The snow also frustrated many from attending our service in Watford. Around half made it to the venue, and we were blessed to have some extras who live near us but were not able to travel to their normal places of worship. The snow brought us blessings as well as challenges! 

We adopted a more informal format as a result of the conditions.  The sermon on Luke 24 was conducted more as a discussion than a ‘lesson’. Small group work surfaced interesting insights as to the experiences of the people encountering the risen Jesus. Our theme was, “Jesus Turns Confusion to Joy”.

Here’s my summary to the session, as well as two years of preaching through Luke:


  • We end Luke’s gospel with the disciples worshipping Jesus.
  • He has taken them from curiosity to confusion and, finally, to clarity.
  • They started out thinking he was a military Messiah, and ended up discovering he was a suffering Messiah.
  • At the beginning they wondered what was in it for them, but at the end they realised the message was for the world.
  • They thought Jesus was a King come to establish Israel’s dominance over the nations, but found out he was establishing a bridgehead of the kingdom of heaven.
  • Luke’s gospel is full of shocks, surprises and revelations.
  • At the conclusion to this two years in Luke, what has helped you the most?
  • Take some time to review your thoughts and write down a summary of the main things you learned.

Music Worship

I’m a traditionalist when it comes to carols and their harmonies. However, I must admit liking this version below. I don’t know who put it together, but I suspect it may have been Tidu Mankoo. It’ll be messy if done with the tradional harmonies. But if the congegation sing the tune in unison, then this works very well. We did this version in Watford on Sunday.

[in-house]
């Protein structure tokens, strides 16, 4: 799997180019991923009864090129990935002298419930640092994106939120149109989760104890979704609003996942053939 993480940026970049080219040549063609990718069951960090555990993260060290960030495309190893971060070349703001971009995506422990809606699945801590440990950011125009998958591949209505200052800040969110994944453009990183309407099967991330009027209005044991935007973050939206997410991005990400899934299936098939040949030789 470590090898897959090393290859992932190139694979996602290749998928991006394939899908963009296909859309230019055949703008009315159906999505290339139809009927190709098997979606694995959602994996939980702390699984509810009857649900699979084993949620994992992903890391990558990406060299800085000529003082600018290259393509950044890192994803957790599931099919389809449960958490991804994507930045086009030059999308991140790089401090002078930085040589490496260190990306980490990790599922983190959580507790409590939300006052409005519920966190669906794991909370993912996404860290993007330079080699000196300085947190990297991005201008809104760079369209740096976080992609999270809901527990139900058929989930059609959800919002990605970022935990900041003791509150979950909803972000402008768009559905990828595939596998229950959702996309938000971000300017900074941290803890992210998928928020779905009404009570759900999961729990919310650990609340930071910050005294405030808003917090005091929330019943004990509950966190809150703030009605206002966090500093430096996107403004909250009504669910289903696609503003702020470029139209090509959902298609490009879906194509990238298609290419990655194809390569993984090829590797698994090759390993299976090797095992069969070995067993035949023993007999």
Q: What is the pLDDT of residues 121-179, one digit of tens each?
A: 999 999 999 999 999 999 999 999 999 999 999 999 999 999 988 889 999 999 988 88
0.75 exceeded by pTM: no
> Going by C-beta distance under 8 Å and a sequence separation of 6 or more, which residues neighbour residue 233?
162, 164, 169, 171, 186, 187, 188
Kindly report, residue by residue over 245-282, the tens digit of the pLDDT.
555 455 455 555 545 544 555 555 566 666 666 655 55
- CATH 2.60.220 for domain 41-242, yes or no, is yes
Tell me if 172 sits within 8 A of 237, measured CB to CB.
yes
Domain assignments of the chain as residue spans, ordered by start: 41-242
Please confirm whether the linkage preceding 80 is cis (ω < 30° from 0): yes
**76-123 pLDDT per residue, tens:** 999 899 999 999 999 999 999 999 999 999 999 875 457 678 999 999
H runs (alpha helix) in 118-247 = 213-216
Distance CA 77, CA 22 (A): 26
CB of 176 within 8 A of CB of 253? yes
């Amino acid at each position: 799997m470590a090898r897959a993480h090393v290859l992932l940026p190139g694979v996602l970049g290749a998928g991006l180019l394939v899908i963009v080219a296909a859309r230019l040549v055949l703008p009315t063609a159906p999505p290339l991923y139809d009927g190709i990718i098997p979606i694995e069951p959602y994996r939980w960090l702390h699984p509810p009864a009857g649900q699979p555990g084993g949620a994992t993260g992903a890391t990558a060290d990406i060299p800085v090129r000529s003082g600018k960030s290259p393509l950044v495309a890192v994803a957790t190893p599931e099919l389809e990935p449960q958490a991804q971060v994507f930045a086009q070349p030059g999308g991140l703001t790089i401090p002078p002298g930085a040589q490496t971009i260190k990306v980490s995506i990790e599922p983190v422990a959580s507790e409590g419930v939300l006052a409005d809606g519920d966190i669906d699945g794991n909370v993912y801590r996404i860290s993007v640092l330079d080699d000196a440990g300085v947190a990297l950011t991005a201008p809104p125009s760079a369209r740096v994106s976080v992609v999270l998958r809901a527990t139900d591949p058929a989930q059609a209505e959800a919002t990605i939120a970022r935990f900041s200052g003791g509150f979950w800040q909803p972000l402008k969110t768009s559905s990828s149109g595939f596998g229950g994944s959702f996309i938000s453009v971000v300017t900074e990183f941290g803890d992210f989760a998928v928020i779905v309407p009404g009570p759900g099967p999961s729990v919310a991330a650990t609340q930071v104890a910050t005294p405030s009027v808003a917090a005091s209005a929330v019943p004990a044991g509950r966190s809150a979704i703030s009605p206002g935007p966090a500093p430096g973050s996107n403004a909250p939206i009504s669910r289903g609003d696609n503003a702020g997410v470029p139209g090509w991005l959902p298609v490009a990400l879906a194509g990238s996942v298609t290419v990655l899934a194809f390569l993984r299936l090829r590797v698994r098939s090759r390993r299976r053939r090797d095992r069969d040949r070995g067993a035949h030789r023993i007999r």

GOD REST YE MERRY GENTLEMEN Dm

Other Thoughts

Last week I said we’d do the following:

  1. Watford: Deliver an interactive sermon on Luke 24, and do it all in 30 minutes or less. Done
  2. Lower Earley: We’re singing carols. Some are long with many verses. Create variety in the carols so that they don’t drag. – I was not there!

Sunday we’ll do the following:

  1. Watford: It’s our “pop-up” Nativity service. I’m going to do a communion with a difference.
  2. Bracknell: It’s the carol service. The best thing I can do is to be calm! That’s my prayer.

Please comment on what you’re doing with your services. What are you trying that’s working? What is God teaching you?

Share reflections with us so we can grow and please God.

You can leave a comment below.

God bless,

Malcolm

Episode 13, Sunday Sample, 26 November 2017

Reflections on Corporate Worship

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Locations: Watford and Lower Earley

Special Occasion: “How to help a grieving friend” event in Watford

I was involved in services in Watford and Lower Earley this last Sunday. As you can see in the picture above, the Watford children enjoyed their class on tree-climbing like Zacchaeus!

Here is the outline of the devotional I shared with the worship teams in both locations.


The Power of Silence to Prepare

 Last week we focussed on: not ‘what’, but ‘why’ we are leading worship

 Today we will prepare ourselves for ‘who’ we are worshipping: God

Silence with God helps prepare us for work of substance – leading others in worship

Moses & David must have experienced much silence in the fields with their sheep. Jesus (eg Lk 5.16) deliberately chose quiet places to pray. Helped prepare them.

 Robin Daniels (in his book, ‘The Virgin Eye’), “If we do not keep attuning to silence, we lose gravitas, we become lightweight.”

Silence is praise and prepares us for praise: “For God alone my soul waits in silence; from him comes my salvation.” (Psalms 62:1 NRSV)

 We will spend one minute of silent reflection on this phrase – “For God alone”

Then I will pray for us all

Let’s be silent together before our God …..


The minute of silence seemed to be appreciated by the teams. We gathered our thoughts and consciously placed them on God. Why not try it where you are and let me know how it goes?

Speakers